SPRING HILL — For Jody Bowes, a youth ministry involves more than activities for kids. She wants them to get excited about what they do — and about God.
"A lot of times, kids are only thinking whatever it is their friends are thinking," the youth minister for St. Andrew's Episcopal Church explained. "We want to get them interested in not only an activity, but the reason behind the activity. We want them to buy into something because it's important to them as a person and a way to grow creatively."
Bowes would like children to understand what it means to be a spiritual being as well as a human being.
"It's important for them to become closer in their relationship to God and to understand that things are bigger than just them or just a youth ministry," she said.
With that in mind, Bowes leads St. Andrew's youth, ages 8 to 18, in being active participants in numerous church events — some for themselves, and others as an outreach.
The group of about 30 kids gets together on Wednesday evenings. Creative activities include singing, playing instruments, skits and participation in an annual talent show. Spiritual activities include a monthly contemporary worship service, visiting other church youth groups, Bible trivia games and discussions.
Outreach events have included a liturgical drum circle and a recent "Kids' Favorite Cuisine" dinner. Some of the events are fundraisers that help the youth pay for events they want to attend, such as the upcoming "Night of Joy" at Disney World.
At the close of each of the weekly get-togethers, there is a 20- to 30-minute "candlelit prayer circle."
"We shut most of the lights off and go sit in a big circle and light a candle," Bowes said. "We start with a prayer, usually of thanksgiving, and it sort of centers us and calms us down if we've been doing something rowdy."
Each person in the circle spends time holding the candle.
"Everybody has the opportunity to speak and say whatever's on their mind, whether it's something they're thankful for or talk about something they've done that they're sorry for or if they want to ask for prayer for someone," Bowes said. "Anything that they would like to get out in a prayerful setting. The last person blows it out, and we're done for the night."
On the fourth Wednesday, there is a dinner and movie. That event begins at 6 p.m. and is open to the community.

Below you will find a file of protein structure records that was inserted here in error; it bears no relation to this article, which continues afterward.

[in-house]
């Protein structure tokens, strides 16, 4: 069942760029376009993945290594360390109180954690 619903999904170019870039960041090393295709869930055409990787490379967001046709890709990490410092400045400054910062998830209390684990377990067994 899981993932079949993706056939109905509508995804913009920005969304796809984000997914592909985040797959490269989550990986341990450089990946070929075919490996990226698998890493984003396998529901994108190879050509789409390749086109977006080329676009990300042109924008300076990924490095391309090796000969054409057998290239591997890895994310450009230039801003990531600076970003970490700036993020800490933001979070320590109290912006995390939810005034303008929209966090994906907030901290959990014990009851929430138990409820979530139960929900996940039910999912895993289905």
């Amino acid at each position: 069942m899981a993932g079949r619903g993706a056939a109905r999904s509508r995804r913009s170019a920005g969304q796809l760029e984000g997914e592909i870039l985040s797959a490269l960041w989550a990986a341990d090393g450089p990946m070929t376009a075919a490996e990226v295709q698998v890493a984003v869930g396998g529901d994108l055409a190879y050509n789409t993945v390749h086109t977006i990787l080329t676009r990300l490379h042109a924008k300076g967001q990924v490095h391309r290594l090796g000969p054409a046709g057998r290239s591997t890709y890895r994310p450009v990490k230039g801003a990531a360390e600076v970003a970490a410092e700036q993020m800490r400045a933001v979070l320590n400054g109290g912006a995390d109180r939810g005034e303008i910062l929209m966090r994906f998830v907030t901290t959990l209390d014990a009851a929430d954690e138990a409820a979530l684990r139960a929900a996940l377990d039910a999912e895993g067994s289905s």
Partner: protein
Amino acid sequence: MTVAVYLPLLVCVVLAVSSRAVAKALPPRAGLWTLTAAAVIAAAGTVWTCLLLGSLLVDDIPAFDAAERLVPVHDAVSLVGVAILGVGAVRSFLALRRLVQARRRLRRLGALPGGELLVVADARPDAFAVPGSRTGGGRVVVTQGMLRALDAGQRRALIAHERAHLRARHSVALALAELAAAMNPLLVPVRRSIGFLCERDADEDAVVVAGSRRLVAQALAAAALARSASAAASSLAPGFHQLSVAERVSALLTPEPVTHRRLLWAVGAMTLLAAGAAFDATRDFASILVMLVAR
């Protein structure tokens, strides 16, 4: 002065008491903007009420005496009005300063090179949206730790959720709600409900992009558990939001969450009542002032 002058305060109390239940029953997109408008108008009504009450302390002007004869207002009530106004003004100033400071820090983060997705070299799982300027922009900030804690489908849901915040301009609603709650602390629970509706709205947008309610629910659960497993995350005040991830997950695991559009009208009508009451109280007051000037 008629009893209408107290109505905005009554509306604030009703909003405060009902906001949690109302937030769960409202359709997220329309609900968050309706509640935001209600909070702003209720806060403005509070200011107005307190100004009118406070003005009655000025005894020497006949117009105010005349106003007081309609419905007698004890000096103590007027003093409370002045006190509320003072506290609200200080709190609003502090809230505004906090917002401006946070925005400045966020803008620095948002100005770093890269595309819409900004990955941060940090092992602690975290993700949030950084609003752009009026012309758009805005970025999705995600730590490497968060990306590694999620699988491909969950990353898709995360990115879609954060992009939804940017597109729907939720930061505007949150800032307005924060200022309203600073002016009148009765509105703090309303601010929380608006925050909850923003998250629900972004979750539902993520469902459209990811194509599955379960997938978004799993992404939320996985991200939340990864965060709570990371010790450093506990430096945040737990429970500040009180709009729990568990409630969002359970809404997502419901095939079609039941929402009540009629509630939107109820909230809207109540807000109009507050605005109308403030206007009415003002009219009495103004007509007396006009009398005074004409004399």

"We provide hot food," Bowes said. "We usually ask people to sign up and let us know they're coming, and then everyone brings a salad or something. There's no cost."
On one of the Wednesday nights each month, the youth have a contemporary church service, which beings at 6:30 p.m.
"We do the contemporary music that the youth today is familiar with within the Christian community," Bowes said. "The kids do the readings. They do skits they make up themselves. They decide what they want to talk about. Together with me, we'll choose a theme. We choose Bible stories related to whatever theme we have. I always ask them for their opinions and their input."
In March, the youth had a Celtic Eucharist. This month, they had a Taize service, a popular service of song and prayer begun many years ago in France.
Bowes said she is hoping to attract some of the older members of the congregation to the contemporary services.
"We have a good mix in our congregation of older and younger parishioners. I really work to make the young people understand how important it is to work with and learn from and be in concert with the older generation, and I'm always reminding the older generation to take an interest in the younger generation, to thank the younger generation for what they're doing."
At age 51, Bowes, who is also the minister of music for the church, said she looks at her church kids as her own.
"I've never been married, so the only kids I have are my kids here at the church," she said, then jokes: "I tell them the reason I'm so young is because I've never had to live with any of them."
Not having family responsibilities allows her to be a minister and counselor to the youth, and often they confide in her.
"They're pretty honest with me because we've been together almost two years as a group," Bowes said. "I feel that we are able to keep our confidences because I'm still a big kid in many ways. I haven't forgotten what it's like to be a teenager."
Bowes said she has some specific goals in mind for the group.
"Ultimately," she said, "I'd really like to see them grow in number to the point where we can do more community-based activities. I'd love to start a theater or start some sort of a music group or praise band that could go out and perform and minister to the community.
"My goal is just to bring these young people into a closer spiritual relationship both with learning to love themselves the way that God loves them and to come to truly understand what that means in a setting of fellowship with others in their church and their community."